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Redding Reads: Connecting residents with town’s past

May 26, 2017 GMT

REDDING — Mark Twain Library hopes to connect residents to each other and their town by encouraging everyone to read a novel that explores a critical piece of Redding’s 250-year history.

The young adult novel for Redding Reads is called “My Brother Sam is Dead” by James and Christopher Collier. The townwide program launches Saturday at the Memorial Day parade.

The novel is set in Redding and follows Tim Meeker, a teenager during the Revolutionary War who must choose to side with his Loyalist father or his brother, Sam, who has joined the militia.

About 300 books will be available at different locations, including Town Hall, the community center, Mark Twain Library, the Spinning Wheel, West Redding and Branchville train stations, Ridge Market and Uncle Joe’s Not Just Coffee and Donuts shop. Anyone can pick up a book for free at these locations. Readers are asked to sign their name in the cover and return it to one of the spots when finished.

Mark Gilbert, Redding Reads committee chairman, said the idea for this year’s book came from senior members at the library looking to tie in a book to the town’s 250th anniversary celebrations this year.

Residents can read the book and then join a variety of events to discuss and connect to the book in real life.

“We’ve got one foot back in 1767 and one in today,” Gilbert said.

Here are some events centered around Redding Reads: a talk next month discerning fact from fiction in the novel; a program on how patriotism is remembered in September; a birthday party for Redding in October, a twilight graveyard tour around Halloween, and a discussion about religion and patriotism in November. The program ends with a trivia contest in November.

There will also be a family day at Putnam Park in August, complete with colonial reenactors and games. ”It’s a physical place that’s relevant to the book and town history,” Gilbert said.

”You can take the kids and show them these are the stones from when the soldiers had to huddle for warmth.”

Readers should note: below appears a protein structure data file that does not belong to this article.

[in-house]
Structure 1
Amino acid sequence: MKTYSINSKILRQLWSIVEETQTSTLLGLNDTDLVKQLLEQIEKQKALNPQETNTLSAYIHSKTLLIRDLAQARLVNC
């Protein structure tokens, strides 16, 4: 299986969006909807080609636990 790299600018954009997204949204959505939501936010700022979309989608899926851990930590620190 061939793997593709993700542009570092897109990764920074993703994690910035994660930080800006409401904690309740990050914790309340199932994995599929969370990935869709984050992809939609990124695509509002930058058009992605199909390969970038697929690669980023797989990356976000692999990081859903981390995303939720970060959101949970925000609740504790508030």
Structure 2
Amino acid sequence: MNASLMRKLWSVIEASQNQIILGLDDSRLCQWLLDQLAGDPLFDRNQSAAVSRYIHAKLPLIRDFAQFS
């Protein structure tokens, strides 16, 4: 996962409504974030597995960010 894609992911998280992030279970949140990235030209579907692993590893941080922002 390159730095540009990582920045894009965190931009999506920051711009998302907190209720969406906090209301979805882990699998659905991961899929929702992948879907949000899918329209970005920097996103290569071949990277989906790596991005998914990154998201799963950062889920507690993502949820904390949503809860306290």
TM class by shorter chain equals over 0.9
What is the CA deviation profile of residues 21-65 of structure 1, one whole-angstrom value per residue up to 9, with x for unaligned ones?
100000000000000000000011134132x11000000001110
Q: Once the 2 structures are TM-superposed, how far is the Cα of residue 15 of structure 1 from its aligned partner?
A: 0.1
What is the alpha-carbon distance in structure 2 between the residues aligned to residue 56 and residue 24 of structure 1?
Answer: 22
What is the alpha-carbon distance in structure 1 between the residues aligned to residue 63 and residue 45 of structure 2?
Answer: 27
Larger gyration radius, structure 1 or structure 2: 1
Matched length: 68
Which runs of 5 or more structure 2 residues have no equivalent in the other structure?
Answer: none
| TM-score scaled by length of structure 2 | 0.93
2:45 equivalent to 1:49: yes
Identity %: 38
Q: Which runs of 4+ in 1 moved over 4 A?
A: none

Amy Cabot, a resident, worked with the town historian to design a map which people can get at the library to see how town would have looked when the book’s Meeker family would have lived there.

Participants are encouraged to take pictures of themselves around town at the places mentioned in the book and share them on social media using the hashtag #ReddingReads or by emailing the library at reddingreads@marktwainlibrary.org.

Cabot said she enjoyed working on the map and learning more about her town and her house, which existed in colonial times.

”I learned so much about life at the time,” she said. “It’s been fascinating.”

Many locations mentioned in the novel are still standing, including the churches.

Gilbert said many New England towns have colonial histories, but Redding has the advantage of having a well-known novel set in it during that time. Christopher Collier lived in Redding and taught history in town before becoming the state historian.

The book was published in 1974 and was a Newbery Honor Book and National Book Award nominee. It has been used in schools across the country, including Redding’s middle school.

“It’s really cool that there’s something about Redding that’s made it out into the world,” Gilbert said. “It helps glue down this idea that New England was the heart of the American Revolution.”

The library sponsored a townwide read several years ago to commemorate the library’s 100th anniversary with a book by Mark Twain.

Beth Dominianni, Mark Twain Library’s director, said she heard people were seen reading the book all over town.

“We expect that this will have the same popularity,” she said.

Gilbert said organizers hope hundreds of people participate.

“It’s a great opportunity for families to read together and discuss history at the time,” he said.

kkoerting@newstimes.com; 203-731-3345